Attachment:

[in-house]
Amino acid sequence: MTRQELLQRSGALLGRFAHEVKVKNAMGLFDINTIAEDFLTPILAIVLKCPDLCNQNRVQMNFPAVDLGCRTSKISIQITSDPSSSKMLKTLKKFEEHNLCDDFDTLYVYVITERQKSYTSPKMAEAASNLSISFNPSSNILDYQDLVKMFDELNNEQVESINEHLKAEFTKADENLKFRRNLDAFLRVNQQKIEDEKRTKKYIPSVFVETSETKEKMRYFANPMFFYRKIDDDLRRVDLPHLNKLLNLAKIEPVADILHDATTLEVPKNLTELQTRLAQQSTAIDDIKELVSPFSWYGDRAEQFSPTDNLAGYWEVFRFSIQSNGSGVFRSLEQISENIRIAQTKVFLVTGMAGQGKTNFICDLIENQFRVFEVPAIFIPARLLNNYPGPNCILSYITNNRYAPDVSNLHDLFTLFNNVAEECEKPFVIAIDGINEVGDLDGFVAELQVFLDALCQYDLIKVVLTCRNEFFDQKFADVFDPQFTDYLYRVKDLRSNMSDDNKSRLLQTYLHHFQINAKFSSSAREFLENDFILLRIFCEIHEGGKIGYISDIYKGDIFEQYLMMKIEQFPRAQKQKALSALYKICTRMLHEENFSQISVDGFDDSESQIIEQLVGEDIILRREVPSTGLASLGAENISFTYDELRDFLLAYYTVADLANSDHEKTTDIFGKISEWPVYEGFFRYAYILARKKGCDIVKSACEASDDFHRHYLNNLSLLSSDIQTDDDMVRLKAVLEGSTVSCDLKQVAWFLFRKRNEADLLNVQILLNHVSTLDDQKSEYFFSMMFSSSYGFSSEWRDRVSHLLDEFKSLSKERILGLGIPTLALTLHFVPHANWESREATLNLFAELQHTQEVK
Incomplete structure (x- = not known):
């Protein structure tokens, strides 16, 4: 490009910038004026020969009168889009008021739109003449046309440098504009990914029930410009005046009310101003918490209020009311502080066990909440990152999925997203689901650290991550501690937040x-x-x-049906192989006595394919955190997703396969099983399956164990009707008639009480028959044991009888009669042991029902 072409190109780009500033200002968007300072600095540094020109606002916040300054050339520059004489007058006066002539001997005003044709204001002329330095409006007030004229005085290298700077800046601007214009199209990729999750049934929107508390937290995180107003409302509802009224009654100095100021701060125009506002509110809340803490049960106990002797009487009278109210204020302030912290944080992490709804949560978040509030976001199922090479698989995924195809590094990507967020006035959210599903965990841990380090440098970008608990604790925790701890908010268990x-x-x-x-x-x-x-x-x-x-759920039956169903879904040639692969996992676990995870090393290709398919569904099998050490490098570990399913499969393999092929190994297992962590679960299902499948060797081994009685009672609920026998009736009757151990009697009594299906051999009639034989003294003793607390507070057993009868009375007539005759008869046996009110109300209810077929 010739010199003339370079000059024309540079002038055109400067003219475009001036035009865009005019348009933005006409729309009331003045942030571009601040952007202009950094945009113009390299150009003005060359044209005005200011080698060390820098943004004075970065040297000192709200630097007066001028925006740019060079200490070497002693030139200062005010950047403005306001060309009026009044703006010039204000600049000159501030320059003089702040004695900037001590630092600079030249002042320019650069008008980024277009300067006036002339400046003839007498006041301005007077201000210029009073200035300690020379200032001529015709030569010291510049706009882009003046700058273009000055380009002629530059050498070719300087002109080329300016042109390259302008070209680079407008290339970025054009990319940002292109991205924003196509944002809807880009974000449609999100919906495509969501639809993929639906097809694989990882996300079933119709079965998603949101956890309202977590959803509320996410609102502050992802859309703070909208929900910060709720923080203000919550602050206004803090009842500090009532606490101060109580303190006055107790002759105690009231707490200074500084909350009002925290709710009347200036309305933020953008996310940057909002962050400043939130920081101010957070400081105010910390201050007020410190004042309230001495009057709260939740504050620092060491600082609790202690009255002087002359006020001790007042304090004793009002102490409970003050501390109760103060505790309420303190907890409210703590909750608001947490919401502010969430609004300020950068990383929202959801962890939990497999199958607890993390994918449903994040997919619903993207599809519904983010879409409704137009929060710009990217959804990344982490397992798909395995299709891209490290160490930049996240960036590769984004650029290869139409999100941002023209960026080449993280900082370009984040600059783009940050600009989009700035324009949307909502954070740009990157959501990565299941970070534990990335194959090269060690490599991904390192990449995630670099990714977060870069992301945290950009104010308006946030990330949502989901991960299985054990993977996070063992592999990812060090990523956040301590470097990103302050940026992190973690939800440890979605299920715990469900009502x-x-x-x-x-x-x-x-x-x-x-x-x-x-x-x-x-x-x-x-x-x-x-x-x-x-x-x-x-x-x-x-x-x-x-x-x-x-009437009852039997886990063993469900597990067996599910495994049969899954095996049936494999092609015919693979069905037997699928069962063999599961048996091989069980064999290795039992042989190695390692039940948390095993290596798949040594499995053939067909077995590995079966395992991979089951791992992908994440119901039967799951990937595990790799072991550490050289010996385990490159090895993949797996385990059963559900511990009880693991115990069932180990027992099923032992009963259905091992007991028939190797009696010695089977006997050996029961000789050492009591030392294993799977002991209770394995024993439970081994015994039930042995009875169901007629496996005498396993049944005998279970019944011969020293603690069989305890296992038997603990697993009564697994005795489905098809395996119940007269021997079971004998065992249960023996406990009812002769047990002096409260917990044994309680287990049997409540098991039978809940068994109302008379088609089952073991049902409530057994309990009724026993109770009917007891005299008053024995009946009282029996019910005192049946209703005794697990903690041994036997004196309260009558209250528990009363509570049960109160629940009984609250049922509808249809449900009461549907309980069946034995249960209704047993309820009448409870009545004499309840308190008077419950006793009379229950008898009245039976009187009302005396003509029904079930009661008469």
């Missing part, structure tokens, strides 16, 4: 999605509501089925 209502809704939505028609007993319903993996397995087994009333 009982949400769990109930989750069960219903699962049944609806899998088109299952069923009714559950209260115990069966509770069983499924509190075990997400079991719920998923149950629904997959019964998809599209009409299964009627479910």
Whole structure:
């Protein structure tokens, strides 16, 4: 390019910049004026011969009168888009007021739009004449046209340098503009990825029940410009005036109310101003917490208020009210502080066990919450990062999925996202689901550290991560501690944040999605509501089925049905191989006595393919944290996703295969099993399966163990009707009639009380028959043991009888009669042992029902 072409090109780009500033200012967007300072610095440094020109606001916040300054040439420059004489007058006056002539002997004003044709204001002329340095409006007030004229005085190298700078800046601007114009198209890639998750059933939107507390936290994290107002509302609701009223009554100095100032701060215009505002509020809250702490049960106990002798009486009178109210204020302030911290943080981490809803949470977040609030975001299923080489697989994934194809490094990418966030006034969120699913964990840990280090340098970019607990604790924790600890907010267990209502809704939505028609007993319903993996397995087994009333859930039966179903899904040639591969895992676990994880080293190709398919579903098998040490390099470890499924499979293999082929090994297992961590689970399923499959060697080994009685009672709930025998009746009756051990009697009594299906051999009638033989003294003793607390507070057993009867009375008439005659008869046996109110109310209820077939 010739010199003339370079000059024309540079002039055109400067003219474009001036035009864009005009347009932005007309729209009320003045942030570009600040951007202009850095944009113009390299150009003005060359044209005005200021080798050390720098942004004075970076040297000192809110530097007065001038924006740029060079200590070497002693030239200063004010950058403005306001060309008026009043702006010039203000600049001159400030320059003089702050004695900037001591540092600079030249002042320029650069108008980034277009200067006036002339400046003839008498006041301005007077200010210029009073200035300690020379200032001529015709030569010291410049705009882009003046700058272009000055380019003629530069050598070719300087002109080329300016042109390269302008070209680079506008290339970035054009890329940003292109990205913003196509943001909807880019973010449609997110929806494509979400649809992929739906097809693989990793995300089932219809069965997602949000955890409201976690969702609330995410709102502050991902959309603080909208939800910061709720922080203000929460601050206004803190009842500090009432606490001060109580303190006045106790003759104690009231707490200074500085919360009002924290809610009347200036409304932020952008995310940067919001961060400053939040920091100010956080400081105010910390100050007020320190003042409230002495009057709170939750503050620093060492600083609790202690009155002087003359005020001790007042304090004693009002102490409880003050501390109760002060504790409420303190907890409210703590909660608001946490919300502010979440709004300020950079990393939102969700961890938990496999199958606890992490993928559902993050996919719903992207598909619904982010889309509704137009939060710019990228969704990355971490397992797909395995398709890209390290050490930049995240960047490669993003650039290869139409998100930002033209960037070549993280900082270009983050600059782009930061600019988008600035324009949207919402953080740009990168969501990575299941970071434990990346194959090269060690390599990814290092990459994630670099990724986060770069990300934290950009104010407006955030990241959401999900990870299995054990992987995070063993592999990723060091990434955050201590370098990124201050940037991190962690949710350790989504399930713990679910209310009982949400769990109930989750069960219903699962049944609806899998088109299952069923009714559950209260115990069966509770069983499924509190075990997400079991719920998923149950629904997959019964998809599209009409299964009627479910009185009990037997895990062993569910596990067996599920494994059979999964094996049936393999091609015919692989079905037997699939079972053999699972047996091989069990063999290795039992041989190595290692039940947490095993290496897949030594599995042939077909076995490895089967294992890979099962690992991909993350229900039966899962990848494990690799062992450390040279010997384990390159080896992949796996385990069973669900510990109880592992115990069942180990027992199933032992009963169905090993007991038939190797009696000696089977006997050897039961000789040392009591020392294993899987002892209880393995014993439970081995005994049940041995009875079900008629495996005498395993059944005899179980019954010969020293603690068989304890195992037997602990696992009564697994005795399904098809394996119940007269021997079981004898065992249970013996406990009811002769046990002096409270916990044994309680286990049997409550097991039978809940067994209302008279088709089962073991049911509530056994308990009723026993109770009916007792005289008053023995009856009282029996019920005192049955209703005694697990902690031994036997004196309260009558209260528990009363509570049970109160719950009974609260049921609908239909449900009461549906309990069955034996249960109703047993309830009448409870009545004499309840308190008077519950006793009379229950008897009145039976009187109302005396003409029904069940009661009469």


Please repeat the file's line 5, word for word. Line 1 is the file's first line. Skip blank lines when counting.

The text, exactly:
């Missing part, structure tokens, strides 16, 4: 999605509501089925 209502809704939505028609007993319903993996397995087994009333 009982949400769990109930989750069960219903699962049944609806899998088109299952069923009714559950209260115990069966509770069983499924509190075990997400079991719920998923149950629904997959019964998809599209009409299964009627479910």